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Corrective Nasal Surgery Seems Safe in Pediatric Patients

Last Updated: February 10, 2014.

 

Most common indications for surgery are posttraumatic deformities, severe airway obstruction

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Nasal corrective surgery prior to adolescence is safe for select pediatric patients with nasal obstruction and deformity, according to research published online Feb. 6 in JAMA Facial Plastic Surgery.

MONDAY, Feb. 10, 2014 (HealthDay News) -- Nasal corrective surgery prior to adolescence is safe for select pediatric patients with nasal obstruction and deformity, according to research published online Feb. 6 in JAMA Facial Plastic Surgery.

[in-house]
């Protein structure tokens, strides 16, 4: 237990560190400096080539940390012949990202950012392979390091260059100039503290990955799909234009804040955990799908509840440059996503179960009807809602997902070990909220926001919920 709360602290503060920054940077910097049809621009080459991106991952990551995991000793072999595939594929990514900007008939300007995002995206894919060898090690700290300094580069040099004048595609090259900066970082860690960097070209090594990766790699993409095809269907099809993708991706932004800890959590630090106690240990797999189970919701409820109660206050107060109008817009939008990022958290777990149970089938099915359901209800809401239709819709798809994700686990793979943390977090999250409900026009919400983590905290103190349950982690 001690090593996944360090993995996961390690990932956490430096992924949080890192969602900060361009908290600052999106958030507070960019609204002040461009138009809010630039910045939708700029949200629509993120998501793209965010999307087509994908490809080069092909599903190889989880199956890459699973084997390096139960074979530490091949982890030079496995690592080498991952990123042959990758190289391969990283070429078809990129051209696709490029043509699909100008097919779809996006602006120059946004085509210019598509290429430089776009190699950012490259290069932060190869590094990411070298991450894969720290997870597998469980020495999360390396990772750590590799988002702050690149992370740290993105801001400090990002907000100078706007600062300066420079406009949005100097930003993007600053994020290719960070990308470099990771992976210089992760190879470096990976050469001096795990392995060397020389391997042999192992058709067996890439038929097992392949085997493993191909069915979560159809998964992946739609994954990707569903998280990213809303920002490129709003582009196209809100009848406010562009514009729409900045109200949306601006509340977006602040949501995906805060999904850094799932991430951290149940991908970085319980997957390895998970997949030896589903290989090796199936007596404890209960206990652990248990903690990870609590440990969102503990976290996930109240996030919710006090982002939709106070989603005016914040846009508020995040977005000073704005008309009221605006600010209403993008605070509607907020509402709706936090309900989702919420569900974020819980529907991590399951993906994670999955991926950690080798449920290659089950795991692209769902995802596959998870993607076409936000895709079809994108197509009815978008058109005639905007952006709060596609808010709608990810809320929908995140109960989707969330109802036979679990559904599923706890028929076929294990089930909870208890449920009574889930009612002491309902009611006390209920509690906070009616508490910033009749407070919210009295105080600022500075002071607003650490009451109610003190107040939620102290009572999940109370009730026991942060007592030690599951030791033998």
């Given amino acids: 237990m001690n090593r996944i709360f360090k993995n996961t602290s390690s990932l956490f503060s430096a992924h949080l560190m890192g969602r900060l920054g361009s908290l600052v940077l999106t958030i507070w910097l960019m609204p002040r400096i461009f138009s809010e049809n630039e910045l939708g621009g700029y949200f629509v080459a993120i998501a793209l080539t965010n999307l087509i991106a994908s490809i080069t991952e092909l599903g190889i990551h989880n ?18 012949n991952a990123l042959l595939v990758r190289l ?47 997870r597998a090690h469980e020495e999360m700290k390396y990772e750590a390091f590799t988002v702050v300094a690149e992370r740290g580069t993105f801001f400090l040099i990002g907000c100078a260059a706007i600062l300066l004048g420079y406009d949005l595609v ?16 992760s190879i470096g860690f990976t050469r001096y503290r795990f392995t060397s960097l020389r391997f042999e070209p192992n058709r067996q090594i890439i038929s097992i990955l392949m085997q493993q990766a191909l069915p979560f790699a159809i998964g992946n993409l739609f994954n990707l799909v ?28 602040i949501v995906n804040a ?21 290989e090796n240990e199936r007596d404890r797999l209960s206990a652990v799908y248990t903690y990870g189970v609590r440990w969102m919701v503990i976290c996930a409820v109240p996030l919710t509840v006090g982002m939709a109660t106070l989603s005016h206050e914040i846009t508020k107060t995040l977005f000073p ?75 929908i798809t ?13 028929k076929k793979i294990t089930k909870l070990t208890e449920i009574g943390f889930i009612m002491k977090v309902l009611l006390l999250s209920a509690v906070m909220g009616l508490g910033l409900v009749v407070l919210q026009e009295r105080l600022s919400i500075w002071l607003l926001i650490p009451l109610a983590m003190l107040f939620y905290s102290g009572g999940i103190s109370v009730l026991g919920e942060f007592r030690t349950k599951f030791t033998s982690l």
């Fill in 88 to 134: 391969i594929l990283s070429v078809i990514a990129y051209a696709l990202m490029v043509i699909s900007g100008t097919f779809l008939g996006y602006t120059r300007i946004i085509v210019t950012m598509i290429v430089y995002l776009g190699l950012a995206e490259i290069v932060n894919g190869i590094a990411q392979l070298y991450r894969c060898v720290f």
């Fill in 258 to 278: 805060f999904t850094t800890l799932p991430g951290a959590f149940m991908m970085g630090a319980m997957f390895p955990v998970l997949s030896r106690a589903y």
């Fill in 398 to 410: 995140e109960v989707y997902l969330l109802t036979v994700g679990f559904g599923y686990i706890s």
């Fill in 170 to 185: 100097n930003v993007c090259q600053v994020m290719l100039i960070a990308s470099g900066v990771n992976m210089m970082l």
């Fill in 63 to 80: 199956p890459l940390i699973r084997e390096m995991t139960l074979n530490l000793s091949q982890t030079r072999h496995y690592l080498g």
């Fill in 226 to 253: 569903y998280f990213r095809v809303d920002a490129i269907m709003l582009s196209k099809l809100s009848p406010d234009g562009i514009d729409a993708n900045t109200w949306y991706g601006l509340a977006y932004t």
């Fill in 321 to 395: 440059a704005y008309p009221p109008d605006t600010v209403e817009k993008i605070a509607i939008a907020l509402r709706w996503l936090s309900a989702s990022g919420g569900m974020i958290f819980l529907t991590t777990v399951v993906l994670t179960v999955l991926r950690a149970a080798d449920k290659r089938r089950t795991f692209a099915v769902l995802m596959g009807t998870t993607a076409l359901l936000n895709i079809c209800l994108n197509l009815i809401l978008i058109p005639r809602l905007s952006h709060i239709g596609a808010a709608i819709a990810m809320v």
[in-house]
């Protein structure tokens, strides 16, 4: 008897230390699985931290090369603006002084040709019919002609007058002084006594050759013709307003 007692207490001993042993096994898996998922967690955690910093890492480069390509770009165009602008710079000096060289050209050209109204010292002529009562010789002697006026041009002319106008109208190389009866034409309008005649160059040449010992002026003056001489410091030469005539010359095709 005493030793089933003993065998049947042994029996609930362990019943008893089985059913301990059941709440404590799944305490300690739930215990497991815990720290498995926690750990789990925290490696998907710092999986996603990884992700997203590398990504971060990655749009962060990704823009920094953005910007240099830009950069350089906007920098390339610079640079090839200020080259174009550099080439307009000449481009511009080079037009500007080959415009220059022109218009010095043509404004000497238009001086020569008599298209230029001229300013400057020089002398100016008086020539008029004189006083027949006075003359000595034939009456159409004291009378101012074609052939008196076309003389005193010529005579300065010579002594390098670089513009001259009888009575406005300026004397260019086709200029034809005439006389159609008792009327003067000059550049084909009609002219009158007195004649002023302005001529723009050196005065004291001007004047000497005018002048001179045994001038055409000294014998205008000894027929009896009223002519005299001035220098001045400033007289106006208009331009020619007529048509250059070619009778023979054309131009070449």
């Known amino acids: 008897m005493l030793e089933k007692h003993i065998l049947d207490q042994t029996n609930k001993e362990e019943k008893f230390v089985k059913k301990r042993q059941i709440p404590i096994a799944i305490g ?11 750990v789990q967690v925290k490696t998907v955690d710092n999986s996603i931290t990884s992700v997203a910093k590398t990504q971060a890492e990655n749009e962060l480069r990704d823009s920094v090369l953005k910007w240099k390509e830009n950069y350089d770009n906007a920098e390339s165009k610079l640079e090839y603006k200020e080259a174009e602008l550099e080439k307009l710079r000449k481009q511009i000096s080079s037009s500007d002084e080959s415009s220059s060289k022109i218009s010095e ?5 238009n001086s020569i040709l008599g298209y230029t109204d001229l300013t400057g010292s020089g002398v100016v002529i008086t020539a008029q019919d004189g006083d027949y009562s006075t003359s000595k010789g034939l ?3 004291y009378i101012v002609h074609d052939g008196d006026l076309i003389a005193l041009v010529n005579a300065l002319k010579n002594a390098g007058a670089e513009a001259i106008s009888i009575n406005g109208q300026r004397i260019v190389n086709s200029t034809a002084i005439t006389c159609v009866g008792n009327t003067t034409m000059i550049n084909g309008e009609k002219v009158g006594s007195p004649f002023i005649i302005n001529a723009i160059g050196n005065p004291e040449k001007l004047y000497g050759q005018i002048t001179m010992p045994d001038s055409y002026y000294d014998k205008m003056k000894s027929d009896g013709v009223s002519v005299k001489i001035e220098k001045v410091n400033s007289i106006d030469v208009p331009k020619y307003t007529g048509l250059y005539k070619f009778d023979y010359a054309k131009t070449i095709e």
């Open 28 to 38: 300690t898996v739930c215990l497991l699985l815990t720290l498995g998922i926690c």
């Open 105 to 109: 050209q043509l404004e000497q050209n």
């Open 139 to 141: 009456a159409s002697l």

Eelam Adil, M.D., from Pennsylvania State University in Hershey, and colleagues retrospectively reviewed medical charts for all male patients younger than 16 years and female patients younger than 14 years seen by a single doctor at a tertiary referral center from August 1996 to August 2012 for septoplasty or corrective nasal surgery.

The researchers found that, for the 54 pediatric patients included in the study, the most common indications for surgery were posttraumatic deformities (36 patients) and severe airway obstruction (48 patients). Of the patients with severe nasal airway obstruction, 15 did not have a documented history of trauma. During a mean follow-up period of 646 days, no patients underwent a revision procedure for unsatisfactory results.

"Children with nasal obstruction and deformity can safely undergo nasal corrective surgery prior to adolescence," the authors write. "Special considerations include preserving normal structures and the judicious use of grafts."

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